COUNTY AGENT GUY
Limestone outcroppings line the superhighways that thread their way into Kansas City. The rock layers are an echo of the Kansas City food scene, which is made up of innumerable strata of barbecued meat.
Our youngest son and his wife live in Kansas City. My wife and I recently motored to the City of Fountains to confabulate (visit the kids) and masticate (eat as much barbecue as humanly possible.)
There are more barbecue joints in Kansas City than you can shake a stick at (and if you’re shaking sticks at barbecue joints, you’re doing something wrong.)
Some of these eateries were churned out by colossal franchise machines and are just another link in a global chain. Our goal was to have a barbecue experience that was unique and authentic, so our son and his wife took us to B.B.’s Lawnside Bar-B-Q.
As we pulled into B.B.’s parking lot, I immediately sensed that this was exactly what we had in mind. The roadhouse’s brick facade radiated a timeworn vibe; the tang of smoldering hickory mingled with the aroma of creosote from the utility poles in a nearby layout yard.
It only got better when we stepped inside. Almost every square inch of the walls in B.B’s is plastered with posters for musical acts – mostly jazz and blues groups – that have played at B.B.’s over the decades. A haze of bluish wood smoke filled the air.
Things only got better when our food arrived. I ordered the pork ribs, which were so big they must have come from Hogzilla. They were intensely smoky and cooked to perfection.
Things only got better after we ate. Mama Ray and her three-piece jazz band, regular performers at B.B.’s, began to serenade diners with her jazzy-bluesy musical stylings.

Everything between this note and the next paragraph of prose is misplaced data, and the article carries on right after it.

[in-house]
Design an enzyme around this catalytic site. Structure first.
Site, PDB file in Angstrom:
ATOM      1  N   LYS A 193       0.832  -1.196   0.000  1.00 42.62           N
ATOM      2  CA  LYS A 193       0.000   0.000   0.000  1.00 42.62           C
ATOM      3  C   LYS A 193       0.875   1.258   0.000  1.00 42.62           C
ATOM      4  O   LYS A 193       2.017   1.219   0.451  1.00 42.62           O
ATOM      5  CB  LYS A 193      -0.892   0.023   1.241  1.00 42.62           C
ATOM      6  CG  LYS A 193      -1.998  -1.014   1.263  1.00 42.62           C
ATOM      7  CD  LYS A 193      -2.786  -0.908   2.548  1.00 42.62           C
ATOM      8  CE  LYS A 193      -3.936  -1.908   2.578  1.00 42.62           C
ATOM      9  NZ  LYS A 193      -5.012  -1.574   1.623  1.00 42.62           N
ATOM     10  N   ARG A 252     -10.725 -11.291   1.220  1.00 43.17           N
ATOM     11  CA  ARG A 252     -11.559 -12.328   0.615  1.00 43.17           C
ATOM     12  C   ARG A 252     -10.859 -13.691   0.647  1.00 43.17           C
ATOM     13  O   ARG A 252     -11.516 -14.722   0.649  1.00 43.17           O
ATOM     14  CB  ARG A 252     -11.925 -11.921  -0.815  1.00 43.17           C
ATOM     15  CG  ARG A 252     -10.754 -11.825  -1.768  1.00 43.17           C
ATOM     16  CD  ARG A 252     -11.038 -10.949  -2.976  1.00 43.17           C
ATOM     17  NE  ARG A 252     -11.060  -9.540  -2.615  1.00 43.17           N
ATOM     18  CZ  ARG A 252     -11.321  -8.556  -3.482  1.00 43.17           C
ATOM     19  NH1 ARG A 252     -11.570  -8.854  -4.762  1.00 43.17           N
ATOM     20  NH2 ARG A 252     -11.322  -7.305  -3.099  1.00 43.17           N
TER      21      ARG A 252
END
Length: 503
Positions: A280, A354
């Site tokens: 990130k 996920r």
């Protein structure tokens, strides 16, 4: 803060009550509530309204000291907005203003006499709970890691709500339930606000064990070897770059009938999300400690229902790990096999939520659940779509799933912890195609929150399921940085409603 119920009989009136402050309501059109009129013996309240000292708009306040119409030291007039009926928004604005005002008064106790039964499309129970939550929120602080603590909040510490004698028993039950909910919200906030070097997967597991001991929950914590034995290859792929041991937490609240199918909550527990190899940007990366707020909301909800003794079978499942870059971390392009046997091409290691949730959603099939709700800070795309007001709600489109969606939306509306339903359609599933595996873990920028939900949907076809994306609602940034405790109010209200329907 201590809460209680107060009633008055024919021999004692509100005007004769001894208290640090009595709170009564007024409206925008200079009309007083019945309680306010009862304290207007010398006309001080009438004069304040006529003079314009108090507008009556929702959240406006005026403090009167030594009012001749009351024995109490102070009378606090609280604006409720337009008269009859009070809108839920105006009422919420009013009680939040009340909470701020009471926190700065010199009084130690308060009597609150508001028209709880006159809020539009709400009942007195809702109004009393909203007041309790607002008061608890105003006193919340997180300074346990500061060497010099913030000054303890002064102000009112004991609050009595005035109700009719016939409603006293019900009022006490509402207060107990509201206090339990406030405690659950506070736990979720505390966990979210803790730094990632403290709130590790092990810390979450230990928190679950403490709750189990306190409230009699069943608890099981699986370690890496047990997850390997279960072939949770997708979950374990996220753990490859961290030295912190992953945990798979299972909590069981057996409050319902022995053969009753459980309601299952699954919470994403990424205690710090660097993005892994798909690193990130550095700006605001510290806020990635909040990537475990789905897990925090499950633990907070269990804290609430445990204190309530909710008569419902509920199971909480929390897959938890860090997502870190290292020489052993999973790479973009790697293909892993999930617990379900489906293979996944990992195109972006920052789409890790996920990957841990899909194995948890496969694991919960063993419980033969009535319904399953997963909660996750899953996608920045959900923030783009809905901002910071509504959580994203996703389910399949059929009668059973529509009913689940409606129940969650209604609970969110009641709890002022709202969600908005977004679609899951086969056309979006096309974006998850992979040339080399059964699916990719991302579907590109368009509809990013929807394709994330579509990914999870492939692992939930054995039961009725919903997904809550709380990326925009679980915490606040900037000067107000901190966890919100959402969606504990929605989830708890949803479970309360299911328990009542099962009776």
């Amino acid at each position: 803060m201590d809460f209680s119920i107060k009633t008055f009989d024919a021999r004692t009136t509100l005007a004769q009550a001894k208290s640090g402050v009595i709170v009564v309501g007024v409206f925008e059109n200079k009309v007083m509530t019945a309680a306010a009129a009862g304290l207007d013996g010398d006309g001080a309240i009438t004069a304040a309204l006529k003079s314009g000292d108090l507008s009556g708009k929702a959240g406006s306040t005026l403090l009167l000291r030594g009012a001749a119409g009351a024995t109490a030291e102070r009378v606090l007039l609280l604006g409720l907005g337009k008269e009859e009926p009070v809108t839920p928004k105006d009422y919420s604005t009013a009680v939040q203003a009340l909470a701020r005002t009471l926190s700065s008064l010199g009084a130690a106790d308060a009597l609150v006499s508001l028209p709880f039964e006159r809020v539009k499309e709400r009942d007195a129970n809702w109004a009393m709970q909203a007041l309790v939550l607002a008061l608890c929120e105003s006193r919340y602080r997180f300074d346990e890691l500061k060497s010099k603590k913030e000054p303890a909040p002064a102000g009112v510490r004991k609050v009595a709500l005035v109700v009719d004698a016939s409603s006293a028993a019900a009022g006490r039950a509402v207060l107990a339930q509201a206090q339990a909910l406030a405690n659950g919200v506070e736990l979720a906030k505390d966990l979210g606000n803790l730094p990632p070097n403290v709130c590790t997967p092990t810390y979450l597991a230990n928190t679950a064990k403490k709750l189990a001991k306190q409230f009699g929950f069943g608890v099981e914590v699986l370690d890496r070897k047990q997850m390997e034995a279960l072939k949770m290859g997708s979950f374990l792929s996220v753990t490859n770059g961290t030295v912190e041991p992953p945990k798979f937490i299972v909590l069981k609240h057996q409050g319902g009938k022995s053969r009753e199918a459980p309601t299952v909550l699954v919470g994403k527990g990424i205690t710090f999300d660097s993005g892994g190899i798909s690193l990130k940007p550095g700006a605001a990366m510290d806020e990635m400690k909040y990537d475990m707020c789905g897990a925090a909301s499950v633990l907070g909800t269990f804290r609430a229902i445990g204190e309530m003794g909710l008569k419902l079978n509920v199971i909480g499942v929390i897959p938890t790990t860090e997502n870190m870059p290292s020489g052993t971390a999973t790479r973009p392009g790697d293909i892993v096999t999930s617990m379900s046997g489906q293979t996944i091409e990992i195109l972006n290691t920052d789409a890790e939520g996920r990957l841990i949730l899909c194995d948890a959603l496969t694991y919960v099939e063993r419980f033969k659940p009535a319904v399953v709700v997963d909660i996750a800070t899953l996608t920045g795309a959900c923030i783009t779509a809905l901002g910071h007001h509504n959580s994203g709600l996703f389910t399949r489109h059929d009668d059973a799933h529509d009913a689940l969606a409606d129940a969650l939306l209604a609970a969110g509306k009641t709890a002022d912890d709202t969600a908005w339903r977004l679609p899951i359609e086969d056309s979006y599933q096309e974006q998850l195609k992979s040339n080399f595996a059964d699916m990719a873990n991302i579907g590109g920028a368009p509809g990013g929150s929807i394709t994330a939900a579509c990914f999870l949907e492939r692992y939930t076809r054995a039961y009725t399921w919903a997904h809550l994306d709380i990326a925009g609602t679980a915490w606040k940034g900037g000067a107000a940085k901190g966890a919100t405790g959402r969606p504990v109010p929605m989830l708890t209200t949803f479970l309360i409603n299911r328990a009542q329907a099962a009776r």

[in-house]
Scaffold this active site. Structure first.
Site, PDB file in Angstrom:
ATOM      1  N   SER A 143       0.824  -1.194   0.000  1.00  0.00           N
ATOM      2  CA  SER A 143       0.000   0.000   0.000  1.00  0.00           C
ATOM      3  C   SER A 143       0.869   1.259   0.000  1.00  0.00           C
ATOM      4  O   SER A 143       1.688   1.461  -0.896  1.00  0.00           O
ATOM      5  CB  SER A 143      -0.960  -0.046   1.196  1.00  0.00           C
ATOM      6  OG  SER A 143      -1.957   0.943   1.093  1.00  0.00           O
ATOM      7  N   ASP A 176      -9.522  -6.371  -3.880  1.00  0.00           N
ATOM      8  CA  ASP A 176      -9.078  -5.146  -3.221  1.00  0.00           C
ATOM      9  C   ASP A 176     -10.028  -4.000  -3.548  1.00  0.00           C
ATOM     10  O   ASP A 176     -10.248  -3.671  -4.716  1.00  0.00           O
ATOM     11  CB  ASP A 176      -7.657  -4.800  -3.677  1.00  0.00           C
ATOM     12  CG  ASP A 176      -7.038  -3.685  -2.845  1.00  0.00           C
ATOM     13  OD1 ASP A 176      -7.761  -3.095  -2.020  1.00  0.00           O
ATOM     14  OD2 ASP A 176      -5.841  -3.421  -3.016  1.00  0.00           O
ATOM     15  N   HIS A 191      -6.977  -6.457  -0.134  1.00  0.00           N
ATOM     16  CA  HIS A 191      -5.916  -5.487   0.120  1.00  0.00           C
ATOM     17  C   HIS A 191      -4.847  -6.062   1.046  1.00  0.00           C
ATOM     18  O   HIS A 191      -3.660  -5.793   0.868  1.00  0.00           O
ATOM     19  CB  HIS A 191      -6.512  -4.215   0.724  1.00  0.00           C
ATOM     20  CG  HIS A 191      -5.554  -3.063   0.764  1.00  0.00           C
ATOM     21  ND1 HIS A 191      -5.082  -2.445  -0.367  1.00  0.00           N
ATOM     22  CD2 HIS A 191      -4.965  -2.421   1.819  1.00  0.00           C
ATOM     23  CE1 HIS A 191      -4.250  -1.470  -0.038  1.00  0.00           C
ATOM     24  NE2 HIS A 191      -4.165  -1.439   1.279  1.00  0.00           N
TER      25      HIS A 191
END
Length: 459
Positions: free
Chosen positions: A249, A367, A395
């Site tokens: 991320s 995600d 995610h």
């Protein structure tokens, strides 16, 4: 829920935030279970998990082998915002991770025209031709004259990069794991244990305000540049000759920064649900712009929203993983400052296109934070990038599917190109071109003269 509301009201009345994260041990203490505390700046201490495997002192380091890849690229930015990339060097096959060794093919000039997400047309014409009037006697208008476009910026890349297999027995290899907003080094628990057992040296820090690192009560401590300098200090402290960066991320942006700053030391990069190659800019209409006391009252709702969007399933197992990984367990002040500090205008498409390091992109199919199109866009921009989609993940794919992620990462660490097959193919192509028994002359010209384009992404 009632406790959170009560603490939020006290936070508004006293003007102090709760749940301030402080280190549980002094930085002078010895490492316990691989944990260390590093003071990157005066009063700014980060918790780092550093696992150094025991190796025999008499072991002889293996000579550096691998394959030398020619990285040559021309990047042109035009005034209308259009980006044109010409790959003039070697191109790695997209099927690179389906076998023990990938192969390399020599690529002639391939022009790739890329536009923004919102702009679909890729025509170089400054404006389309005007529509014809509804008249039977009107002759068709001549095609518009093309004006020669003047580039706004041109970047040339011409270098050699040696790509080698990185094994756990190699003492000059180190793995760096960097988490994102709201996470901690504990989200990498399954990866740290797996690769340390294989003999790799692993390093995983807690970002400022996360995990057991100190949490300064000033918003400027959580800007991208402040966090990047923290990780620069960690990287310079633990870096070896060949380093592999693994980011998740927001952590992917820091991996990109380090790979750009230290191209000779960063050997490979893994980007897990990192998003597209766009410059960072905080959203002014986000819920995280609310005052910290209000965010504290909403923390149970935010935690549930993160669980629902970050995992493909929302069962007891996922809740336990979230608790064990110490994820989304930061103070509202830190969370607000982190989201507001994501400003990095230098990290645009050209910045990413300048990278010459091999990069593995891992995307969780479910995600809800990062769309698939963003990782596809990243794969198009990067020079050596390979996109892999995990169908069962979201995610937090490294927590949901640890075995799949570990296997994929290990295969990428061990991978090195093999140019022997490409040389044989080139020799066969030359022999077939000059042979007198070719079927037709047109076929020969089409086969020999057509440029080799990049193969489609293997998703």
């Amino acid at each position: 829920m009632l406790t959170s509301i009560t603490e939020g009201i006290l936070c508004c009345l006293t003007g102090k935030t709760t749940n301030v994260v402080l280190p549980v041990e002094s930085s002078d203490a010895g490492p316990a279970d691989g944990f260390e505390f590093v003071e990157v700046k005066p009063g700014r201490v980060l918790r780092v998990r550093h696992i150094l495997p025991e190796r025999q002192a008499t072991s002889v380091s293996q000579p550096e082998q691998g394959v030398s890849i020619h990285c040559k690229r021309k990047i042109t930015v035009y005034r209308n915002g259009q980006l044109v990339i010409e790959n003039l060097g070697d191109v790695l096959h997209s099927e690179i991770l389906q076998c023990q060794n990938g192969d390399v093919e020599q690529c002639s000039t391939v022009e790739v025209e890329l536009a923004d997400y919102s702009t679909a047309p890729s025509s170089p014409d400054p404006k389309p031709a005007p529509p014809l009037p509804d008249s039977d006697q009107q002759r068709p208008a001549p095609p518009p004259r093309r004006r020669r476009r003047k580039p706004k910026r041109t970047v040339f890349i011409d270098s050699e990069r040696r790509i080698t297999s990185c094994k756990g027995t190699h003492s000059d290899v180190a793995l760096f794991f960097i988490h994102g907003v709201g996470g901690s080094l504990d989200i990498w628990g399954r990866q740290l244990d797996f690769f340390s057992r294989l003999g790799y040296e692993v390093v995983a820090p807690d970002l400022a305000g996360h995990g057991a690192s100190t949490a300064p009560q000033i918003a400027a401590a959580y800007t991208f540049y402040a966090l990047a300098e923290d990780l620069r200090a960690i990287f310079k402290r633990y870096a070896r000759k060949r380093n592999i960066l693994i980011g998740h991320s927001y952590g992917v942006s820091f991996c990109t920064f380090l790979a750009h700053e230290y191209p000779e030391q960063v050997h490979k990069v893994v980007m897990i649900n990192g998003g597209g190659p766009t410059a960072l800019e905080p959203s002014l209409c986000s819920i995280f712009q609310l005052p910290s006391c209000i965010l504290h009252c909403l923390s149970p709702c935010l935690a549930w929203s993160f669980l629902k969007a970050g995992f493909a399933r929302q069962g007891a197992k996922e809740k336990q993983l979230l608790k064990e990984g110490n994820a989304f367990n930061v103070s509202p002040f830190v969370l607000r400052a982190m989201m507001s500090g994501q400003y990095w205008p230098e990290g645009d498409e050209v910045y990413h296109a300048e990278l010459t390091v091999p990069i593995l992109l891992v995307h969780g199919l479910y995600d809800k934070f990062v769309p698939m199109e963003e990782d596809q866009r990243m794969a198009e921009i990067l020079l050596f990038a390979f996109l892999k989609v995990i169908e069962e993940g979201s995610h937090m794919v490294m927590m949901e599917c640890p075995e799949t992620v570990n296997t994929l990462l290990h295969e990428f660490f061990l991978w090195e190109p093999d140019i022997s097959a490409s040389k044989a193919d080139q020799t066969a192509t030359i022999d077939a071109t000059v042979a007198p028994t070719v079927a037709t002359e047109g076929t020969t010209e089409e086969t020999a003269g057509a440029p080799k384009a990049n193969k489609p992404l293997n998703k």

Mama Ray is definitely a seasoned veteran, but her voice remains as smooth as honey barbecue sauce.
Our experience at B.B.’s was unique and authentic and thoroughly delicious.
Next on the agenda was attending a Royals baseball game. My wife and I aren’t exactly sports fanatics and were thus ignorant of certain customs.
Chief among these is that all attendees at professional sporting events must wear home team togs. This meant shopping, so naturally my wife was all for it.
Properly attired, we drove to Kauffman Stadium, a structure that’s larger than most small towns in South Dakota. Even though we arrived two hours before game time, lines of eager baseball fans stretched to the far horizon.
As we walked toward the stadium’s gleaming glass and stainless steel edifice, I thought, “With these lines, we’ll be lucky if we get in before the sun burns itself out.”
But to my surprise, we were directed to an area where there was virtually no line. We swiftly passed through security and soon found ourselves in the area reserved for high rollers.
Due to a cosmically wondrous twist of fate, we got seats that were directly behind home plate. I have learned not to question such strokes of outrageously good fortune and to simply relax and enjoy them.
We arrived well before the first pitch would be thrown. A helpful stadium employee informed us that we could enjoy the buffet in the posh high roller dining room.
Even though we weren’t all that hungry, we hit the buffet like charging water buffalo. The grub was so delectable, it nearly caused me to have an out-of-body experience.
Tummies filled past capacity, we took our seats. As the game began I realized that the only way we could have gotten a better view would be if we had been home plate umpires.
We were close enough to hear the batters pop their bubblegum. When Perez smacked a towering homer, we could feel the crack of the bat deep in our bones.
My wife soon lapsed into the Baseball Mom mode she used when our boys played ball. She would yell, “C’mon Eric.” or “Hit one, Mike,” totally ignoring the custom of using only the batter’s last name.
Thanks to our close proximity, some of the players actually heard her. A couple of them grinned appreciatively at my wife when they recognized the sound of a Baseball Mom’s voice.
It was an ideal evening for baseball, with balmy temperatures and just the whisper of a breeze. I soaked in the sight of the stadium and the crowd and the picture-perfect ball field and the professional-grade athletes and thought, “This is too bad. We’ll never be able to attend another baseball game because this will be impossible to match.”
Our visit to Kansas City may have expanded our waistlines. But it also expanded our appreciation for all the layers of culture available in the Paris of the Plains.
Nelson is a freelance writer from Volga, S.D. Reach him by e-mail at firstname.lastname@example.org.
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